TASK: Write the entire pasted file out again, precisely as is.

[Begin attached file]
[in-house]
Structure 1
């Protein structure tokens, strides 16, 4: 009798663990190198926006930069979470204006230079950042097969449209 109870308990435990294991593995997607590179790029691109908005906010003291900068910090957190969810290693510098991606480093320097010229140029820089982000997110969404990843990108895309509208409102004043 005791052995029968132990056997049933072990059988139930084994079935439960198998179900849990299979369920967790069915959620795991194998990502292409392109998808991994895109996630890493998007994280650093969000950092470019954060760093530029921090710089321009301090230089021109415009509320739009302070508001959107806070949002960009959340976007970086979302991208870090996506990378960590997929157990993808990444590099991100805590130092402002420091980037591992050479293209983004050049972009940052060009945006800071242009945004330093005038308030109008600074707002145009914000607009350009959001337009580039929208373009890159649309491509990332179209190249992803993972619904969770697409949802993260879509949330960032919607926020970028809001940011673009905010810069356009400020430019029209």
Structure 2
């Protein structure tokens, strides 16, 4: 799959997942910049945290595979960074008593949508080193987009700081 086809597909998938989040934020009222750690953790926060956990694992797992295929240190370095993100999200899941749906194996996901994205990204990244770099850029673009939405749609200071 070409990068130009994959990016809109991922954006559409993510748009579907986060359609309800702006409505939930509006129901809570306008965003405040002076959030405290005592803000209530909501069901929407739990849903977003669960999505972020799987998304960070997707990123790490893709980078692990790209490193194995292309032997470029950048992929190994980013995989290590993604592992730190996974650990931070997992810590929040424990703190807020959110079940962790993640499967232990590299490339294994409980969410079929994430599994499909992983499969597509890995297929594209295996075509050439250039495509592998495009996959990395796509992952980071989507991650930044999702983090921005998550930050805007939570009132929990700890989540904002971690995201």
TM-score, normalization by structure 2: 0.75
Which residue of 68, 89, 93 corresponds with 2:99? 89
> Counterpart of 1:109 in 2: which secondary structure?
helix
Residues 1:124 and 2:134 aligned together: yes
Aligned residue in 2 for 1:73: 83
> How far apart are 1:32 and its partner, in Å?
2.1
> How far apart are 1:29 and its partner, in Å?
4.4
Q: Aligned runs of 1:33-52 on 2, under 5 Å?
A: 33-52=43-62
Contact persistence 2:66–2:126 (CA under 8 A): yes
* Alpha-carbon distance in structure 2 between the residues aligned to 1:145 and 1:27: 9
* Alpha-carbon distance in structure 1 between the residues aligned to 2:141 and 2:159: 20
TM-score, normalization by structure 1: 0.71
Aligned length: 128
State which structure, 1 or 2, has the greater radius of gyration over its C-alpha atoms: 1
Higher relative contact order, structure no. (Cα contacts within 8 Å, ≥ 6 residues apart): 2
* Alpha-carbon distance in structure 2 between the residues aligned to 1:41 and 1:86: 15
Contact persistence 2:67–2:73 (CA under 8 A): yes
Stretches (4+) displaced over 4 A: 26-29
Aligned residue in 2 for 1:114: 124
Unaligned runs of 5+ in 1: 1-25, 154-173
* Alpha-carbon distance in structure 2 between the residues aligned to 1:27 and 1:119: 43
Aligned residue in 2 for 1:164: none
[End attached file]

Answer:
[in-house]
Structure 1
């Protein structure tokens, strides 16, 4: 009798663990190198926006930069979470204006230079950042097969449209 109870308990435990294991593995997607590179790029691109908005906010003291900068910090957190969810290693510098991606480093320097010229140029820089982000997110969404990843990108895309509208409102004043 005791052995029968132990056997049933072990059988139930084994079935439960198998179900849990299979369920967790069915959620795991194998990502292409392109998808991994895109996630890493998007994280650093969000950092470019954060760093530029921090710089321009301090230089021109415009509320739009302070508001959107806070949002960009959340976007970086979302991208870090996506990378960590997929157990993808990444590099991100805590130092402002420091980037591992050479293209983004050049972009940052060009945006800071242009945004330093005038308030109008600074707002145009914000607009350009959001337009580039929208373009890159649309491509990332179209190249992803993972619904969770697409949802993260879509949330960032919607926020970028809001940011673009905010810069356009400020430019029209």
Structure 2
């Protein structure tokens, strides 16, 4: 799959997942910049945290595979960074008593949508080193987009700081 086809597909998938989040934020009222750690953790926060956990694992797992295929240190370095993100999200899941749906194996996901994205990204990244770099850029673009939405749609200071 070409990068130009994959990016809109991922954006559409993510748009579907986060359609309800702006409505939930509006129901809570306008965003405040002076959030405290005592803000209530909501069901929407739990849903977003669960999505972020799987998304960070997707990123790490893709980078692990790209490193194995292309032997470029950048992929190994980013995989290590993604592992730190996974650990931070997992810590929040424990703190807020959110079940962790993640499967232990590299490339294994409980969410079929994430599994499909992983499969597509890995297929594209295996075509050439250039495509592998495009996959990395796509992952980071989507991650930044999702983090921005998550930050805007939570009132929990700890989540904002971690995201």
TM-score, normalization by structure 2: 0.75
Which residue of 68, 89, 93 corresponds with 2:99? 89
> Counterpart of 1:109 in 2: which secondary structure?
helix
Residues 1:124 and 2:134 aligned together: yes
Aligned residue in 2 for 1:73: 83
> How far apart are 1:32 and its partner, in Å?
2.1
> How far apart are 1:29 and its partner, in Å?
4.4
Q: Aligned runs of 1:33-52 on 2, under 5 Å?
A: 33-52=43-62
Contact persistence 2:66–2:126 (CA under 8 A): yes
* Alpha-carbon distance in structure 2 between the residues aligned to 1:145 and 1:27: 9
* Alpha-carbon distance in structure 1 between the residues aligned to 2:141 and 2:159: 20
TM-score, normalization by structure 1: 0.71
Aligned length: 128
State which structure, 1 or 2, has the greater radius of gyration over its C-alpha atoms: 1
Higher relative contact order, structure no. (Cα contacts within 8 Å, ≥ 6 residues apart): 2
* Alpha-carbon distance in structure 2 between the residues aligned to 1:41 and 1:86: 15
Contact persistence 2:67–2:73 (CA under 8 A): yes
Stretches (4+) displaced over 4 A: 26-29
Aligned residue in 2 for 1:114: 124
Unaligned runs of 5+ in 1: 1-25, 154-173
* Alpha-carbon distance in structure 2 between the residues aligned to 1:27 and 1:119: 43
Aligned residue in 2 for 1:164: none